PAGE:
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  114. I don't think they know what dual immersion is. I mentioned it because what they are proposing isn't a concept invented by BH. It is a tested model. However, I strongly agree with you, 11:02, they absolutely DO need language acquisition experts working with them in order to be successful. There were several points that were brought up at the meeting that were red flags for me, and if they were working with a language expert they would be absolutely clear on those things. Dual immersion IS a program that can work -- not like full immersion but certainly better than content-based learning. But they do need to work w/ experts in second language acquisition pedagogy to come up with clear, well articulated goals and objectives around language learning and what that looks like in the classroom.

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  115. Doesn't dual immersion imply that there are two groups immersing themselves in each other's language?

    My understanding is they are not recruiting/targeting native speakers of Spanish.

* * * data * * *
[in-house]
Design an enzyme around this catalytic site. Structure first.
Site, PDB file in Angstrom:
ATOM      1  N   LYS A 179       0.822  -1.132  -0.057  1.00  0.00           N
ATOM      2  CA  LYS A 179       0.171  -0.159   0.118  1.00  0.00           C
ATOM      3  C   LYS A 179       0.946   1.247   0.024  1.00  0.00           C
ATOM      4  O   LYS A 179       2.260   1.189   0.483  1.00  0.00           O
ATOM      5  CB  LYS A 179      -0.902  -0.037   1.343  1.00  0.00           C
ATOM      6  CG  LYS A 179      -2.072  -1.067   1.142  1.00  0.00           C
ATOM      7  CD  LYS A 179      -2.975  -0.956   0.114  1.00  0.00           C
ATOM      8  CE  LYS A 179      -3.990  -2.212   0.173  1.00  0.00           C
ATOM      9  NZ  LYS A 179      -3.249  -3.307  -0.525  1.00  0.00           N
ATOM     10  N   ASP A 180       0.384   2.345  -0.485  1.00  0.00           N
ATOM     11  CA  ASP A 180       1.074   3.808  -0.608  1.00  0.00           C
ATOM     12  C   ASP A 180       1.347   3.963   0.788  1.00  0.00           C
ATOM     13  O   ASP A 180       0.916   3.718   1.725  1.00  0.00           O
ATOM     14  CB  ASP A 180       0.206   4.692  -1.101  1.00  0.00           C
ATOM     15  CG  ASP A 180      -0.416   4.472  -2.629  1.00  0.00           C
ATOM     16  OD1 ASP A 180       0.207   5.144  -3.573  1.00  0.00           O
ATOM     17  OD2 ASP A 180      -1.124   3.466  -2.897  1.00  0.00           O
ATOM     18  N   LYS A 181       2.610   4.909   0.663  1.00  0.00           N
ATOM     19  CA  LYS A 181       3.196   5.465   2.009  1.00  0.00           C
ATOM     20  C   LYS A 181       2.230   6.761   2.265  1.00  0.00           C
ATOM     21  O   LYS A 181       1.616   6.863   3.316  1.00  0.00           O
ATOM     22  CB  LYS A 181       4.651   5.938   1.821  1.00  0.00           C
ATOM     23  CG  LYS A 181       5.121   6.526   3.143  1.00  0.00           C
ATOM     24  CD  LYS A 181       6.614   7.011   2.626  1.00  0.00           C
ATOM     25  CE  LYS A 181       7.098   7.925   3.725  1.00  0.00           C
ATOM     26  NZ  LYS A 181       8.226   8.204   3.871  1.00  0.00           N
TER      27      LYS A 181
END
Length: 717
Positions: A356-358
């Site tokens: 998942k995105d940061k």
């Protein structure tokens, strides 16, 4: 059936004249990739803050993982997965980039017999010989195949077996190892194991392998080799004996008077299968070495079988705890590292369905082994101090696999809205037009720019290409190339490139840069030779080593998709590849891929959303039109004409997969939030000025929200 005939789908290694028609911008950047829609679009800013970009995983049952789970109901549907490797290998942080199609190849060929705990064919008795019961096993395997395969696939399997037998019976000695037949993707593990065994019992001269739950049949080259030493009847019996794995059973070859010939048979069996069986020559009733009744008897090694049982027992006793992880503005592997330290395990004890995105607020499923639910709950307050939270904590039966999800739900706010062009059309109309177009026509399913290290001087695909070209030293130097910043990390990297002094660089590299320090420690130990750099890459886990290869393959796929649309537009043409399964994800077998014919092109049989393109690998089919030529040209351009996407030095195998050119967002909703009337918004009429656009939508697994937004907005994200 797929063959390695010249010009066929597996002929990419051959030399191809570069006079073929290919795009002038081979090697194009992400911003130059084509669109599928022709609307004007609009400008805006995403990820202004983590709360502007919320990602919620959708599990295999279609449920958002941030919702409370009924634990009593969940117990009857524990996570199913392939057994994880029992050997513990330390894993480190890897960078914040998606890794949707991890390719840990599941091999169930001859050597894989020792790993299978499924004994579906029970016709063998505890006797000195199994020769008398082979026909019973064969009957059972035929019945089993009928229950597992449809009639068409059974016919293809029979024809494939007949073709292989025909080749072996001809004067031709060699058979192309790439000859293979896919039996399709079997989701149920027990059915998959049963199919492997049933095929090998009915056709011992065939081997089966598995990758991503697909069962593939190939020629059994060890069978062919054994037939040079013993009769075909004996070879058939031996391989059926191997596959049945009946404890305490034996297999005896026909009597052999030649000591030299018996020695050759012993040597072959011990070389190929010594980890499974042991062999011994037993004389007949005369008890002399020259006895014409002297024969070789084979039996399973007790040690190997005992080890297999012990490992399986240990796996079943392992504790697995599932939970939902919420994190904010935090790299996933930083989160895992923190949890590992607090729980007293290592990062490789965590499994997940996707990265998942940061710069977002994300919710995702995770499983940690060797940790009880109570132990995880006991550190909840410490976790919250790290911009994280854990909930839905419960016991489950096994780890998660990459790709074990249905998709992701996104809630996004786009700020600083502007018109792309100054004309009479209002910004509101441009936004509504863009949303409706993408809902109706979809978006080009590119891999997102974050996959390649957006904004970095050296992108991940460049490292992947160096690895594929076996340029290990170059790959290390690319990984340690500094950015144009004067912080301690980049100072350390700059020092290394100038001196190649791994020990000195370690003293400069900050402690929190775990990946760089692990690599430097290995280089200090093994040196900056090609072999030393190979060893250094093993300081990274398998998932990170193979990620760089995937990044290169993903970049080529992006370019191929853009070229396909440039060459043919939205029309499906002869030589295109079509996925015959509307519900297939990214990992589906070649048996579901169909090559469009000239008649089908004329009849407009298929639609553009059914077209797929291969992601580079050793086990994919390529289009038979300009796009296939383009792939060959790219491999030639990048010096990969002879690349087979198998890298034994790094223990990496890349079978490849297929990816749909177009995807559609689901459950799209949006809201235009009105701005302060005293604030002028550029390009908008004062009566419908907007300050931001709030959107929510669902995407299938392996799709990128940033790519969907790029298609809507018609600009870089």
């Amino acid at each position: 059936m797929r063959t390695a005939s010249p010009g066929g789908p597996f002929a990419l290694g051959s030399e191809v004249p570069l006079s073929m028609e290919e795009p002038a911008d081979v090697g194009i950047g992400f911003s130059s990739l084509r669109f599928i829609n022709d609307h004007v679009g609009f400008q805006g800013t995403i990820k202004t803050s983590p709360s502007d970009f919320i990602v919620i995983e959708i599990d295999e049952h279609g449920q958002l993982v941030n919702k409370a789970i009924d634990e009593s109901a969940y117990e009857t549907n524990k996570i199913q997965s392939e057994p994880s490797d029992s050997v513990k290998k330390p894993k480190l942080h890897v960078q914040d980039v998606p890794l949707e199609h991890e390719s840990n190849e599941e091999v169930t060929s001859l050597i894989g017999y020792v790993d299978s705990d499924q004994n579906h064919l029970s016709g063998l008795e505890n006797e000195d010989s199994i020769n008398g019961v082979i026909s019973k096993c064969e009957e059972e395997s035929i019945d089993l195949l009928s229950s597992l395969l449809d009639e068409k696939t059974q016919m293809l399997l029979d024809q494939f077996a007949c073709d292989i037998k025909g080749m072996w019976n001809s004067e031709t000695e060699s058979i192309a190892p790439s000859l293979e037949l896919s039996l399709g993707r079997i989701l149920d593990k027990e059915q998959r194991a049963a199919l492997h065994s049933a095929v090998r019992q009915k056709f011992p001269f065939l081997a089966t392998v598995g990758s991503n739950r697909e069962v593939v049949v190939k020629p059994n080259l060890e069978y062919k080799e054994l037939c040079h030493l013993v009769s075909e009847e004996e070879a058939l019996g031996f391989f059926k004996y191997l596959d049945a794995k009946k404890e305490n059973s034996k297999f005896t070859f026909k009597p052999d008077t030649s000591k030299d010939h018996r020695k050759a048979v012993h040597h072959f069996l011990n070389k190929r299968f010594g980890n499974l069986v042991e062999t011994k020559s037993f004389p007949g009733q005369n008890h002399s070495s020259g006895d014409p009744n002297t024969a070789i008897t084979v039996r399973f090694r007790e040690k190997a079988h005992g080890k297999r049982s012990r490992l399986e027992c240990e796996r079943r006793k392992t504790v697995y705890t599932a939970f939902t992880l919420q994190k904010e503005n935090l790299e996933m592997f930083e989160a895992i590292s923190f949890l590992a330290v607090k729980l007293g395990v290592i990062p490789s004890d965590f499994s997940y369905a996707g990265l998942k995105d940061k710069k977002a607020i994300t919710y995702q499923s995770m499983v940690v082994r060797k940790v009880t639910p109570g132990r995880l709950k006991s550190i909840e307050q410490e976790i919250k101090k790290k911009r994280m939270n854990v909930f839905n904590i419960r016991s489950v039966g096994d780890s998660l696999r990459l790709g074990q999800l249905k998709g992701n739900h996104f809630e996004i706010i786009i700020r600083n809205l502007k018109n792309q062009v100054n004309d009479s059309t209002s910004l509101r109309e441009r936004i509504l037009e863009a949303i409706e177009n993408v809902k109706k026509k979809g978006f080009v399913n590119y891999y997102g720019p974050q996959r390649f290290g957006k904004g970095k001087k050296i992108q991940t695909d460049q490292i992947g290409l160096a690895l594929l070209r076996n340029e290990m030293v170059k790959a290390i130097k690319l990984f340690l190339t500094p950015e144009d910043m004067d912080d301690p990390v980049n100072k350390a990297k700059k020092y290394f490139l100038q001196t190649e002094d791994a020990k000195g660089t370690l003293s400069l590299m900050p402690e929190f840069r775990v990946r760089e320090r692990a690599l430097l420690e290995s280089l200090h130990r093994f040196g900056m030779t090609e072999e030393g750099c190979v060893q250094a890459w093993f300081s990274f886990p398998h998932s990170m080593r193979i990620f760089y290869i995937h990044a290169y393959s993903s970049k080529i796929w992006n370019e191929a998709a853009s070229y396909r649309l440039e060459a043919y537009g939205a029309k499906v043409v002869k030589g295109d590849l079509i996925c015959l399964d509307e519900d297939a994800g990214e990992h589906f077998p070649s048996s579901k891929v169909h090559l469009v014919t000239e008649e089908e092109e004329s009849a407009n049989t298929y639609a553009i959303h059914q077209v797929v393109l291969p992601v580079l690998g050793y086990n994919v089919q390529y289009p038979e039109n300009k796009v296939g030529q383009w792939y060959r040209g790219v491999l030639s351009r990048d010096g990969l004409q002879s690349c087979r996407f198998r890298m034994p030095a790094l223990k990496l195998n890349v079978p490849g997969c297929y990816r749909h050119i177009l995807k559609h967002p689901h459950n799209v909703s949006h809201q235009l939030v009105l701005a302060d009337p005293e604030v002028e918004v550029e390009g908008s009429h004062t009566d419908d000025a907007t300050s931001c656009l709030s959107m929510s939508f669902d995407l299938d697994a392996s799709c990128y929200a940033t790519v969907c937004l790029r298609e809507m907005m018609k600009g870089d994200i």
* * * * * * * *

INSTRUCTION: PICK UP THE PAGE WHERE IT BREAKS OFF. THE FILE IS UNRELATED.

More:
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  116. Woops! I didn't mean dual immersion. I mean partial immersion.

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  117. I was at the meeting yesterday as well. I think the jury is still out. Hopefully, Marin Prep will pick up on the feedback provided by 7:46 and others and will get substantial input from expert advisors.

    I have another concern that came out of the meeting. I overheard Lynn Kanter-Levy say that they can't promise that all of their teachers will have BAs. This struck me as odd. I can imagine scenarios where the school might justifiably make exceptions in this regard. However, especially given that Marin Prep implies they want to compete with well-established independents like FAIS, SF Day, Hamlin, etc., not to mention the fact that their goal is full fluency in Spanish by 8th grade, it seems that they have got to make it a priority to get a strong team of professionals with expertise in language acquisition (not just folks who are bilingual). This is where concerns about the profit motive and association with BH kick in. Teachers who don't have BAs don't cost as much...

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  118. Maybe she was talking about the Junior K/pre-K class?